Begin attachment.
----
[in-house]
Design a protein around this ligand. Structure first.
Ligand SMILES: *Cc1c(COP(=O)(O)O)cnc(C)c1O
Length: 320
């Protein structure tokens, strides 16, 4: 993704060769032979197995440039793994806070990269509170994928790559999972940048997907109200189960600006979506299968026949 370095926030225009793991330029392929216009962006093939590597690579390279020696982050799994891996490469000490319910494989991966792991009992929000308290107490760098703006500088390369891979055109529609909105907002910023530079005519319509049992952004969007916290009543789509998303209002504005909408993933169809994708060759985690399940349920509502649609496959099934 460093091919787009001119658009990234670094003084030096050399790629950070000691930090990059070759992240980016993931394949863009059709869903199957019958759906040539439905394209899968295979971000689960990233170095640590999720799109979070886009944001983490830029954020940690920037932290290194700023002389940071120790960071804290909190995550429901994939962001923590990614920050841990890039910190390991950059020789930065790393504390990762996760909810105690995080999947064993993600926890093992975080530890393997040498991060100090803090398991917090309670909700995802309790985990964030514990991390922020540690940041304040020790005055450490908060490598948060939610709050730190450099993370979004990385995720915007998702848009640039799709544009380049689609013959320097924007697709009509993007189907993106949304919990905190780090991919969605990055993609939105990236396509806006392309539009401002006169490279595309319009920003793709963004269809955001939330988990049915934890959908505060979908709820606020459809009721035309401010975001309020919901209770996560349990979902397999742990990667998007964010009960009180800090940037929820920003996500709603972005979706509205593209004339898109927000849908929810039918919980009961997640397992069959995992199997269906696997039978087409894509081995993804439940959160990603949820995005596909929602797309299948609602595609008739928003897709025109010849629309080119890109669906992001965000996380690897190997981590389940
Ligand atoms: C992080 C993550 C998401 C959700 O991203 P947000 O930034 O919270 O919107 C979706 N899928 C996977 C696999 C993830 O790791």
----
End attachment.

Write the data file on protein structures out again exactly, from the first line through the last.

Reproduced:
[in-house]
Design a protein around this ligand. Structure first.
Ligand SMILES: *Cc1c(COP(=O)(O)O)cnc(C)c1O
Length: 320
């Protein structure tokens, strides 16, 4: 993704060769032979197995440039793994806070990269509170994928790559999972940048997907109200189960600006979506299968026949 370095926030225009793991330029392929216009962006093939590597690579390279020696982050799994891996490469000490319910494989991966792991009992929000308290107490760098703006500088390369891979055109529609909105907002910023530079005519319509049992952004969007916290009543789509998303209002504005909408993933169809994708060759985690399940349920509502649609496959099934 460093091919787009001119658009990234670094003084030096050399790629950070000691930090990059070759992240980016993931394949863009059709869903199957019958759906040539439905394209899968295979971000689960990233170095640590999720799109979070886009944001983490830029954020940690920037932290290194700023002389940071120790960071804290909190995550429901994939962001923590990614920050841990890039910190390991950059020789930065790393504390990762996760909810105690995080999947064993993600926890093992975080530890393997040498991060100090803090398991917090309670909700995802309790985990964030514990991390922020540690940041304040020790005055450490908060490598948060939610709050730190450099993370979004990385995720915007998702848009640039799709544009380049689609013959320097924007697709009509993007189907993106949304919990905190780090991919969605990055993609939105990236396509806006392309539009401002006169490279595309319009920003793709963004269809955001939330988990049915934890959908505060979908709820606020459809009721035309401010975001309020919901209770996560349990979902397999742990990667998007964010009960009180800090940037929820920003996500709603972005979706509205593209004339898109927000849908929810039918919980009961997640397992069959995992199997269906696997039978087409894509081995993804439940959160990603949820995005596909929602797309299948609602595609008739928003897709025109010849629309080119890109669906992001965000996380690897190997981590389940
Ligand atoms: C992080 C993550 C998401 C959700 O991203 P947000 O930034 O919270 O919107 C979706 N899928 C996977 C696999 C993830 O790791």